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Coordinated Investigation and Administrative Convenience: Delhi High Court Upholds Centralization of Cases


Recently, the Delhi High Court(‘HC’) rendered a judgement in the case of Dollar Gulati & Ors v. Principal Commissioner of Income Tax[i], wherein it outlined the scope and objective of s.127 of the Income-tax Act, 1961 (‘Act’). This judgment delves into the legislative mandate of s. 127 of the Act, the principles governing the transfer of cases, and the judicial precedents that inform the exercise of such powers.  

Factual Matrix

  • On 11.04.2023, a search operation under s.132 of the Act was conducted on the premises of M/s Zee Lab Group (‘Searched Party’) at Karnal, Haryana. During the search operation, certain incriminating materials were found linking Dollar Gulati and Mark Gulati (‘assessees’).

  • Subsequently, on 26.04.2023 a notice under s.131(1A) of the Act was issued to the assessee, directing him to furnish details of income earned by him since assessment year (‘A.Y.’) 2017-18. The assessee replied to the notice and provided relevant information details such as financial statements, bank account details, investment particulars, and unsecured loan transactions.

  • On 02.02.2024, a show cause notice (‘SCN’) was issued to the assessee to centralize the assessee’s case at DCIT, Central Circle, Karnal, Haryana for administrative convenience and coordinated investigation. The assessee objected to the proposed transfer, arguing it was not bonafide and there was no connection between him and the searched party.

  • Despite the objections, the Revenue passed orders dated 20.02.2024 and 11.03.2024 (‘impugned orders’) under s. 127 of the Act, transferring the assessee’s case from the Income Tax Officer (ITO) Ward-51(1) Delhi to DCIT, Central Circle, Karnal, Haryana.

  • Aggrieved by the same, the assessees filed writ petitions before the HC challenging the orders dated 20.02.2024 and 11.03.2024, passed under s. 127 of the Act.


  • The HC dismissed the writ petitions filed by the assessees and held that the exercise of power under s.127 of the Act vide issuance of the impugned orders cannot be said to be wholly arbitrary, irrational, without jurisdiction or suffers with mala fide intention.

  • The HC relied on the decisions rendered by the Hon’ble Supreme Court (‘SC’) in Kashiram Aggarwalla v. Union of India[ii] and K.P. Mohammed Salim v. CIT[iii] and Pannalal Binjraj v. Union of India[iv], wherein the SC emphasized the scope of s.127 of the Act and nature of order passed under s.127 of the Act.  It held that orders passed under s.127 of the Act are purely for administrative conveniences and there is no fundamental right to be assessed at a particular place. When powers are invoked under s. 127 of the Act, territorial nexus becomes irrelevant and what becomes more prominent are the interests of adjudication and collection of taxes. It was further held that orders passed under s.127 of the Act are passed in the public interest and should fulfil the bonafide objectives of the Act.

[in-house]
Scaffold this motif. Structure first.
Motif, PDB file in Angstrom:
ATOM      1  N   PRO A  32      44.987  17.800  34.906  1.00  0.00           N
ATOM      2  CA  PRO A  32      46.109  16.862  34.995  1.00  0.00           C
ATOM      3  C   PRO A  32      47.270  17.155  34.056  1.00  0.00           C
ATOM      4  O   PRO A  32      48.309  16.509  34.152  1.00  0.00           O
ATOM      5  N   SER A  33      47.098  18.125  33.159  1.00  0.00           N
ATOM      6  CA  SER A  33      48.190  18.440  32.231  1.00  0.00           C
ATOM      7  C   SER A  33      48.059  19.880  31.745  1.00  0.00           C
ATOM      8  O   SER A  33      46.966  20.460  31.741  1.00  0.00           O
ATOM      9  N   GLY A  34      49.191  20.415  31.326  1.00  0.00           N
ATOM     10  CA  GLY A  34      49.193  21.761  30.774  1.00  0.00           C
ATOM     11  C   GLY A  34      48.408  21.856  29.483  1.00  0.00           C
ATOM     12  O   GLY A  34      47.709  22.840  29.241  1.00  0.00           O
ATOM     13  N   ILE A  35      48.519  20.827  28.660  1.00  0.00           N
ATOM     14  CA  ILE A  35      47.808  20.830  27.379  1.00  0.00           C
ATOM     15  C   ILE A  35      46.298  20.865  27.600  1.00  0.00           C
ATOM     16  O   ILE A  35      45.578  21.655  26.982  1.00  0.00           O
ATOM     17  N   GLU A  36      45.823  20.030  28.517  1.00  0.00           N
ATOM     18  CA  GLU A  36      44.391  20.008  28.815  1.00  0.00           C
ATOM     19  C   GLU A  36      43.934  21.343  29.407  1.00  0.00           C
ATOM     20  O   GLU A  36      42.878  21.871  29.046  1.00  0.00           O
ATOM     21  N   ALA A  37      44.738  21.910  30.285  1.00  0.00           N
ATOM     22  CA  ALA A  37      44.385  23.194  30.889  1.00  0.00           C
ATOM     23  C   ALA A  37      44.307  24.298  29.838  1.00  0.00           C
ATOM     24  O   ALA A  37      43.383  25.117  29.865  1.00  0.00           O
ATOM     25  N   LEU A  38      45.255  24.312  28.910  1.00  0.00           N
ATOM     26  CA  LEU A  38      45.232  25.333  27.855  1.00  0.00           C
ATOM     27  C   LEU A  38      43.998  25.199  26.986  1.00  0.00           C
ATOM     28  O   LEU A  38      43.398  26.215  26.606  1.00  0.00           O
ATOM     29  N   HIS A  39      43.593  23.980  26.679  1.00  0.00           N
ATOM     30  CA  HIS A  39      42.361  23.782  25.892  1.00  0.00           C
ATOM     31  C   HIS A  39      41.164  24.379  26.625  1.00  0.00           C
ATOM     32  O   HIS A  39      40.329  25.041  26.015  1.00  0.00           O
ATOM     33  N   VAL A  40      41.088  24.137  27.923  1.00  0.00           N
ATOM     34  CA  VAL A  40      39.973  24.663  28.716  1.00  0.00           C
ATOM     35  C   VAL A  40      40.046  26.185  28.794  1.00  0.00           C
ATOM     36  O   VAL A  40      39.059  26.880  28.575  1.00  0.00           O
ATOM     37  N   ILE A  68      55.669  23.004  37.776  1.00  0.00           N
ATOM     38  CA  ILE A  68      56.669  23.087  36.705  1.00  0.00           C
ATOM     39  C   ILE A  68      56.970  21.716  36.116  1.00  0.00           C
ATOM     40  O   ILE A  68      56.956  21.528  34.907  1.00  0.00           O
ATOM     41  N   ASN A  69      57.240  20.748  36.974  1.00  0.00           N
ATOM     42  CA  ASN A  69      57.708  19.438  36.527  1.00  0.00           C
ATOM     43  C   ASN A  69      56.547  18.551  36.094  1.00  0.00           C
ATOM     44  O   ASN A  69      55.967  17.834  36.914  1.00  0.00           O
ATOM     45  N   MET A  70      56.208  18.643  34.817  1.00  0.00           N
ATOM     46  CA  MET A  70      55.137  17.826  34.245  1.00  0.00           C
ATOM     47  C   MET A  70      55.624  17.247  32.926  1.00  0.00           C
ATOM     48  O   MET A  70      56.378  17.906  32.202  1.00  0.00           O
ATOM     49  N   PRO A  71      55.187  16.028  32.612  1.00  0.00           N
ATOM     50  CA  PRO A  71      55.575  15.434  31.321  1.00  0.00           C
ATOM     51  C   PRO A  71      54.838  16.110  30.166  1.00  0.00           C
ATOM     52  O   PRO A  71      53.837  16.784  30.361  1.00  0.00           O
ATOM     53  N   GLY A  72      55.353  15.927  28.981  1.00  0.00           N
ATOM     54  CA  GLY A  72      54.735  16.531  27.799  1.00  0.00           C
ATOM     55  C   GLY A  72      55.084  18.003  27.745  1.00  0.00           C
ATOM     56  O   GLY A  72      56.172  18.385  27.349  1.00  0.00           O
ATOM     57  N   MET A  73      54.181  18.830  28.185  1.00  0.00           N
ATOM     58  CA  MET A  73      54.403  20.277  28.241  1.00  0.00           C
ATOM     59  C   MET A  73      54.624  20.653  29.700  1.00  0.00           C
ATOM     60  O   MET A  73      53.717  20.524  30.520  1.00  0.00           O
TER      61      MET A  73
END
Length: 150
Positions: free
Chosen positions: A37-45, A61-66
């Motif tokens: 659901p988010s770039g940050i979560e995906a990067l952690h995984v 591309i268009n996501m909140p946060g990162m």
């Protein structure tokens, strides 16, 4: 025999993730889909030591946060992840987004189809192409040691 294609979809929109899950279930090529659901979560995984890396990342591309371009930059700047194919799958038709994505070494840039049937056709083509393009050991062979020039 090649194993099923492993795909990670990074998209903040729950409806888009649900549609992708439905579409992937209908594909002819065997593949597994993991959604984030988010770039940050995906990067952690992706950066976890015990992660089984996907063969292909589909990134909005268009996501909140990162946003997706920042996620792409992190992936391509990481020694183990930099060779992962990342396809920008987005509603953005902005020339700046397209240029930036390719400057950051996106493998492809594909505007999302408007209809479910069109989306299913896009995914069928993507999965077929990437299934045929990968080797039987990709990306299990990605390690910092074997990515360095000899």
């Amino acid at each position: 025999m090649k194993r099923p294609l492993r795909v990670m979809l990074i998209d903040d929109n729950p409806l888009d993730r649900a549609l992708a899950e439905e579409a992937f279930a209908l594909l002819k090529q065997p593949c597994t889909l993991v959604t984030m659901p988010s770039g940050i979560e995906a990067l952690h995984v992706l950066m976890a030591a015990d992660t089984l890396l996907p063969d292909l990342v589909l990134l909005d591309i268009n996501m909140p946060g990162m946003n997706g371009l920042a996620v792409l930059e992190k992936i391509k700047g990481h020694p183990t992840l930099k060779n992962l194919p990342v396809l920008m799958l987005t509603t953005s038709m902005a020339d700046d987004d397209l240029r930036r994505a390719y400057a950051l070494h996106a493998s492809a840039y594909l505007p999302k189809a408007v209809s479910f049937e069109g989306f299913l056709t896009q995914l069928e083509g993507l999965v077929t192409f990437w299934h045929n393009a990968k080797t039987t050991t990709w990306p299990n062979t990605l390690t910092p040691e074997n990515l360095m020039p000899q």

• The HC highlighted the provisions of Chapter XIII of the Act, emphasizing the jurisdictional powers of income tax authorities and the scope of s. 127 of the Act regarding the transfer of cases. The HC noted that the power under s. 127 of the Act is exercised for public interest and administrative convenience, aiming for effective tax collection. In this regard, the HC placed reliance on Sameer Leasing Co. Ltd. v. Chairman, CBDT[v], Bhatia Minerals v. Commissioner of Income-Tax[vi] and Jharkhand Mukti Morcha v. Commissioner of Income-Tax, Ranchi[vii]. Thus, it held that coordinated investigation is a valid ground for the transfer of cases.

  • The HC after analysing the characteristics of an order passed under s.127 of the Act and assessing the facts and circumstances in the present case, held that the assessee was given a reasonable opportunity to be heard and the Revenue had duly considered the objections raised before transferring the case.  

  • The HC concluded that the transfer was justified on the grounds of coordinated enquiries, investigations, and administrative convenience. It further determined that the exercise of statutory powers by the authority was neither arbitrary nor irrational, nor did it suffer from mala fide intentions.

Our Analysis

The HC’s decision reinforced the administrative character of s. 127 orders, emphasizing the importance of public interest and the administrative needs of tax authorities over the logistical preferences of assessees. The ruling aligned with the established judicial precedent that prioritizes effective tax administration through coordinated investigations.

This judgment underscores the judiciary’s support for administrative convenience in tax matters, potentially leading to more frequent centralization of cases for coordinated investigations. It highlights the limited scope of judicial review in administrative transfers, provided procedural fairness is maintained.

End Notes

[i] 2024 SCC OnLine Del 3379

[ii] 1964 SCC OnLine SC 26

[iii] (2008) 11 SCC 573

[iv] (1957) SCR 233

[v] 1990 SCC OnLine Del 440

[vi] 1992 SCC OnLine All 970

[vii] 1997 SCC OnLine Pat 23

Authored by Kushagra Gahlot, Advocate at Metalegal Advocates. The views expressed are personal and do not constitute legal opinion.


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